Wednesday, August 30, 2017

Dordt Assurance: The 400th Anniversary of the Synod of Dordt

Article 12 of the First Head of Doctrine addresses the basis of the believer’s assurance of being elected to salvation. We receive that assurance, the article says, “not by inquisitive searching into the hidden and deep things of God.” Rather, we can gain our assurance by discovering within ourselves, “with spiritual joy and holy delight, the unmistakable fruits of election pointed out in God’s Word–such as a true faith in Christ, a childlike fear of God, a godly sorrow for [our} sins, a hunger and thirst for righteousness, and so on.”

 

Some of my Reformed friends were talking recently about celebrating the anniversary of the Reformation, and I reminded them that we also have another celebration coming up: the 400th anniversary in 2018 of the gathering at the Low Countries that produced the Canons of Dordt. My observation was met with immediate silence, broken finally when one of my friends observed that he could not get very excited by that event. When I asked why, he observed that the Canons comprise “a pretty cold and stern document.”

I don’t agree. Indeed, while the first Question and Answer of the Heidelberg Catechism is my favorite single passage in the Reformed confessions, the deliverances from Dordrecht are, as a whole, my favorite confession.

A passage in the Canons that I especially like is actually quite a “warm” one. Article 12 of the First Head of Doctrine addresses the basis of the believer’s assurance of being elected to salvation. We receive that assurance, the article says, “not by inquisitive searching into the hidden and deep things of God.” Rather, we can gain our assurance by discovering within ourselves, “with spiritual joy and holy delight, the unmistakable fruits of election pointed out in God’s Word–such as a true faith in Christ, a childlike fear of God, a godly sorrow for [our} sins, a hunger and thirst for righteousness, and so on.”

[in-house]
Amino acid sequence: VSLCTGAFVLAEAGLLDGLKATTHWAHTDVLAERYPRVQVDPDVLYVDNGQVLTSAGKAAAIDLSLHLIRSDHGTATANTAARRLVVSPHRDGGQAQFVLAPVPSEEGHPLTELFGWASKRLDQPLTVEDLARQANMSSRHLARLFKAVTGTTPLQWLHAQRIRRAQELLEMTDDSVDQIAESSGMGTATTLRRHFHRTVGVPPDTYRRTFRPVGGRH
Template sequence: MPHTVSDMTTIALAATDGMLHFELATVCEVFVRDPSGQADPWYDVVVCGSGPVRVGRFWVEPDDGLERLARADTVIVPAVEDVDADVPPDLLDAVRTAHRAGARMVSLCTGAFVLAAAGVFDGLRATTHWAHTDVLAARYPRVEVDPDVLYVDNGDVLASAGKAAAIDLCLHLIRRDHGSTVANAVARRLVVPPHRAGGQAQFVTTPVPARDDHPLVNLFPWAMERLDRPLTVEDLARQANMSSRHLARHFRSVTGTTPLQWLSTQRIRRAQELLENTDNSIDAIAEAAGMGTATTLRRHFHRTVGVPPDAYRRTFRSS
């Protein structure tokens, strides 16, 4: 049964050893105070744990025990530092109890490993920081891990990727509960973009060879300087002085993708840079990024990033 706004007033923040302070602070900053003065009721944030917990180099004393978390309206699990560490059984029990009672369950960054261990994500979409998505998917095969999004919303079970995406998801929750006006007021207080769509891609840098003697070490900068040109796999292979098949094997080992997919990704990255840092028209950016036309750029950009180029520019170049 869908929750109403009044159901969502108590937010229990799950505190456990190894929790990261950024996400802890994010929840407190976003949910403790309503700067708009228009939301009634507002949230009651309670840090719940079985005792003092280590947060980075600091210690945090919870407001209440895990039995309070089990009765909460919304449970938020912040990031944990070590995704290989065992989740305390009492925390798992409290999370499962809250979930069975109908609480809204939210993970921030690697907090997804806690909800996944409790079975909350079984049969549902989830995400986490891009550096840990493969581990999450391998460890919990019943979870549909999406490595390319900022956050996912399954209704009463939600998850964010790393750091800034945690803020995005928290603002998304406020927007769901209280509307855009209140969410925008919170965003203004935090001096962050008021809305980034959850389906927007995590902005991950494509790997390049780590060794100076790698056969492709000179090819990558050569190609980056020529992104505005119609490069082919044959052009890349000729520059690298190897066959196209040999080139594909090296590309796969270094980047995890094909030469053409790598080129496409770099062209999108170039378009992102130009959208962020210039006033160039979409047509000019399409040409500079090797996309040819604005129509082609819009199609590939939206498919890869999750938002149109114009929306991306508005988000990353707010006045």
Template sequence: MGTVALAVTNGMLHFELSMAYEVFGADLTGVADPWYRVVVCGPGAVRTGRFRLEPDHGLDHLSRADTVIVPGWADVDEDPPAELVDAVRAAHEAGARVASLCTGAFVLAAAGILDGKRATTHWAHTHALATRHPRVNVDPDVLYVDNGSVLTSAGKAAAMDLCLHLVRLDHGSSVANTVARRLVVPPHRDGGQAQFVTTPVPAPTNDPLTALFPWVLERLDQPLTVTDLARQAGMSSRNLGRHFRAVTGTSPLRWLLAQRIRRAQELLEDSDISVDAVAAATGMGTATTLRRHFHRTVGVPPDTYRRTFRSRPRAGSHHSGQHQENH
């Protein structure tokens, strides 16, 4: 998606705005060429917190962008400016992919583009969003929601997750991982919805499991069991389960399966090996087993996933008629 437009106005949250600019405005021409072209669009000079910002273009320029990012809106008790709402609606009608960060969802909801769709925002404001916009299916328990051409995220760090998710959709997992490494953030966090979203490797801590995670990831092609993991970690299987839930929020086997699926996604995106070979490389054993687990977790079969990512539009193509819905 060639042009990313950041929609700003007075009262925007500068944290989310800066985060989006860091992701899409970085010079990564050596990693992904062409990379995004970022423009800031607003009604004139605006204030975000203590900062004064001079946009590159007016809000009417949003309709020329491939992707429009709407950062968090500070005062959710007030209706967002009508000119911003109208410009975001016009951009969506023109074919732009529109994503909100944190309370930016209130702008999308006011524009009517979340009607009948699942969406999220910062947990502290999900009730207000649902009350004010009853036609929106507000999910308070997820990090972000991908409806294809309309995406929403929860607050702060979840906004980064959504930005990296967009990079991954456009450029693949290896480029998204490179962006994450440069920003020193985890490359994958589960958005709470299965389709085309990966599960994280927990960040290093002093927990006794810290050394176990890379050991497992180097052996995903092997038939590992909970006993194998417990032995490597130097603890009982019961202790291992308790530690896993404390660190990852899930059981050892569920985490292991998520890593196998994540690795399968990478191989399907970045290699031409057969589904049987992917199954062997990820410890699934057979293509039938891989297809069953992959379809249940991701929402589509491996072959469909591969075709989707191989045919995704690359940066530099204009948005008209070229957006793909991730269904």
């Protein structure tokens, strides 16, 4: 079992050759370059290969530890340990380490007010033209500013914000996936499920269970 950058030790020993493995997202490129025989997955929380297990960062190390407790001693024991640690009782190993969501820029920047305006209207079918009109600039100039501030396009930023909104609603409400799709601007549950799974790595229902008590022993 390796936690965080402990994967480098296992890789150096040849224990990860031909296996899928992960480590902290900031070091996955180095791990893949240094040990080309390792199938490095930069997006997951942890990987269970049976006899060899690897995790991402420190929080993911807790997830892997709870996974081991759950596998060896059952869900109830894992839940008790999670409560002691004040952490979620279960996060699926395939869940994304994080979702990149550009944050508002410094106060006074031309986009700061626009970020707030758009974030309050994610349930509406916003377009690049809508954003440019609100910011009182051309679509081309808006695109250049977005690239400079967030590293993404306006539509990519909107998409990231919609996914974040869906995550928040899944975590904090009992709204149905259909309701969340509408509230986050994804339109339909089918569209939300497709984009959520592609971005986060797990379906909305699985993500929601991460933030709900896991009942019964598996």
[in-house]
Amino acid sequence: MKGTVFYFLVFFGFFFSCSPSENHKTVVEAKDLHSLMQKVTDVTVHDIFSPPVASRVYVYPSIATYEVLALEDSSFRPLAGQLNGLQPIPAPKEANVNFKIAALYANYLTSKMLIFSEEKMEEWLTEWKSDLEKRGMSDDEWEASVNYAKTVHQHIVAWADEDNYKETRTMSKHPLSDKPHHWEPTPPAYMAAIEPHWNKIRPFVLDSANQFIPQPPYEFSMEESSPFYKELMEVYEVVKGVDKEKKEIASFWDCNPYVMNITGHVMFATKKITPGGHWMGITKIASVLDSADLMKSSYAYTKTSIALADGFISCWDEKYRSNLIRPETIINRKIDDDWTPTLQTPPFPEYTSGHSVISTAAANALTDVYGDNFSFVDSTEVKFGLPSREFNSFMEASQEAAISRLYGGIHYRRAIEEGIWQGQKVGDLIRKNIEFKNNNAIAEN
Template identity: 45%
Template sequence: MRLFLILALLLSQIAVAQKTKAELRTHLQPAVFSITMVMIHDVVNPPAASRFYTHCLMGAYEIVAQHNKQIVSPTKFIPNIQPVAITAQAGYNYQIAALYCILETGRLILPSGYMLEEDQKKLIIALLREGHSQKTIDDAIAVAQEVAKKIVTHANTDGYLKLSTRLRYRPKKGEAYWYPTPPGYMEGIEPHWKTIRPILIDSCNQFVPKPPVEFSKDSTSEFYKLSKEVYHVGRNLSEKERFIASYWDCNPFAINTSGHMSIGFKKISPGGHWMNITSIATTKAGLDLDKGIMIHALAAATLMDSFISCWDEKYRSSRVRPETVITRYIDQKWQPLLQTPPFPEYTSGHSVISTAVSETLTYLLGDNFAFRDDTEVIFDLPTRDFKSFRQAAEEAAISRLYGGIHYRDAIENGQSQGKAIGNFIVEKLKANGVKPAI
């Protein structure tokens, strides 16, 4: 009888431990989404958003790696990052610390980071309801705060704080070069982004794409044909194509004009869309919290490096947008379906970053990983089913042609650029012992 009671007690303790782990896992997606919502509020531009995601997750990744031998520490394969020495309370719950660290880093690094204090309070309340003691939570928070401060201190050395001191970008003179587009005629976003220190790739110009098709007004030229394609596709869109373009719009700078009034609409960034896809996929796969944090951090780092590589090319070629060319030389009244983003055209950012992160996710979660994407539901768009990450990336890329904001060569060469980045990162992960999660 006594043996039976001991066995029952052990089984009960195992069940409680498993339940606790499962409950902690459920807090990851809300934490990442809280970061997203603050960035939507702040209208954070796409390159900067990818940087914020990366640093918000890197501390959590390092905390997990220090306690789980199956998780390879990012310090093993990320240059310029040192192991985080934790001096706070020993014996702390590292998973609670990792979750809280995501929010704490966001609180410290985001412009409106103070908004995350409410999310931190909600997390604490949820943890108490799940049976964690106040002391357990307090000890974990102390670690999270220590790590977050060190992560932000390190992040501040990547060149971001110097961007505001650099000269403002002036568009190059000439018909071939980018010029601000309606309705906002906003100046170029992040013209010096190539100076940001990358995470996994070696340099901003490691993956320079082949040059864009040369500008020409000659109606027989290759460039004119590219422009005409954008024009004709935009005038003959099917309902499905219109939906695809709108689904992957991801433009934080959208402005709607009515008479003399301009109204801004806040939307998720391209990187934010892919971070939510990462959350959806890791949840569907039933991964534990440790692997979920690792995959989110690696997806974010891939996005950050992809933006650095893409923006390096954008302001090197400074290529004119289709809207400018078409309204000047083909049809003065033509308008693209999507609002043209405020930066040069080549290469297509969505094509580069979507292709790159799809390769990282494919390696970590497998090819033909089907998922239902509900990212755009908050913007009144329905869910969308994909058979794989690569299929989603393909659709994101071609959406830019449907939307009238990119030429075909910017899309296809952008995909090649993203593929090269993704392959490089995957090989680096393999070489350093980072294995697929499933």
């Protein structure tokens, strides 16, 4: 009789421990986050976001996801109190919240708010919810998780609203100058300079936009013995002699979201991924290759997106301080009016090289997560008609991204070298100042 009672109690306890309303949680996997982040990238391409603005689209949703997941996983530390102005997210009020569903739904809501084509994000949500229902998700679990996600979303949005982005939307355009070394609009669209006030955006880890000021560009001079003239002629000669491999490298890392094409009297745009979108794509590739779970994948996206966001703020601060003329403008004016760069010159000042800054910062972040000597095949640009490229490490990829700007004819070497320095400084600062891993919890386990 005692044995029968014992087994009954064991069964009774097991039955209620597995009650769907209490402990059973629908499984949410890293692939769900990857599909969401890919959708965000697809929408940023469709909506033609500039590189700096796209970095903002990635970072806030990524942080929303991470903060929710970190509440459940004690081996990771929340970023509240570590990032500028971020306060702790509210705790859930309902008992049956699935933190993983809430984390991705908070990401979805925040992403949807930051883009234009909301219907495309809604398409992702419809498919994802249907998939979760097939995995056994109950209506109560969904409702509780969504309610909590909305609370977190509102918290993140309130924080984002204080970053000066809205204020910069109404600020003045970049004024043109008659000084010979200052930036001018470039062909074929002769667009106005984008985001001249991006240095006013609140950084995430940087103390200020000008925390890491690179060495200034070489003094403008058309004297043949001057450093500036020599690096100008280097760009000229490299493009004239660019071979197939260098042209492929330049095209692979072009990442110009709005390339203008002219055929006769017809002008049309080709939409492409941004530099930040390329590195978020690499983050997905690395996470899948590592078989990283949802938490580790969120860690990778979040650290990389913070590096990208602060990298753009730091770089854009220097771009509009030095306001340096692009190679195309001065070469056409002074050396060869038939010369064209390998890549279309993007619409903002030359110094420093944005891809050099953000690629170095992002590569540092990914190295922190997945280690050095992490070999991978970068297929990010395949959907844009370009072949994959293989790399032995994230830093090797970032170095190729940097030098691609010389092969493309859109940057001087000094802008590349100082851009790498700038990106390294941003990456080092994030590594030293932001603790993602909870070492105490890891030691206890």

This wonderful passage also reminds us, of course, of one of the dangers that we often encounter in Calvinism. Some Reformed believers do engage in an “inquisitive searching into the hidden and deep things of God.” This focus on the mysteries on God’s ways with us leads them to worry about the very qualities that the Canons list as signs of our elect status. They have a kind of faith in Christ, but it is a true faith—the Devil can counterfeit faith. Similarly, is their sorrow for sin truly godly?  And is their desire for righteousness a genuine “hungering and thirsting”?

Needless to say, any good Calvinist can understand the point of these worries. But we cannot allow them to rob us of our assurance.  This point has been made by excellent scholarly studies of the topic—Joel Beeke’s work on the subject is a case in point. On a more practical pastoral level, however, we can get some good help from Charles Spurgeon. He was not afraid to expound the doctrine of election in sermons where he called sinners to come to Christ.

In the conclusion of one of his finest sermons on the doctrine he acknowledges that some of his hearers may want to receive the gift of salvation, but may be wondering if they are numbered among the elect. Spurgeon poses this question to them: Does their concern about this stem from a focus on the justice of a God who has the sovereign right to choose those whom he will? “If so,” Spurgeon says, “then the doctrine of election has had the right effect on your spirit, and you are not far from the kingdom of heaven.” Those who have that kind of concern can “depart in peace; God has forgiven your sins.” The listeners “would not feel that, if the Spirit of God were not working in you.”

And then Spurgeon concludes with this encouraging word: “Let your hope rest on the Cross of Christ. Think not on election, but on Christ Jesus. Rest on Jesus—Jesus first, midst, and without end.”

This is Dordrecht Calvinism at its best. And one important way to commemorate the publishing of the Canons is to preach election in the manner of Spurgeon—by calling people to trust the working of the Spirit who is calling them to put their trust in Jesus alone.

Dr. Richard Mouw is President Emeritus and Professor of Faith and Public Life at Fuller Theological Seminary in Pasadena, Calif.

The post Dordt Assurance: The 400th Anniversary of the Synod of Dordt appeared first on The Aquila Report.



No comments:

Post a Comment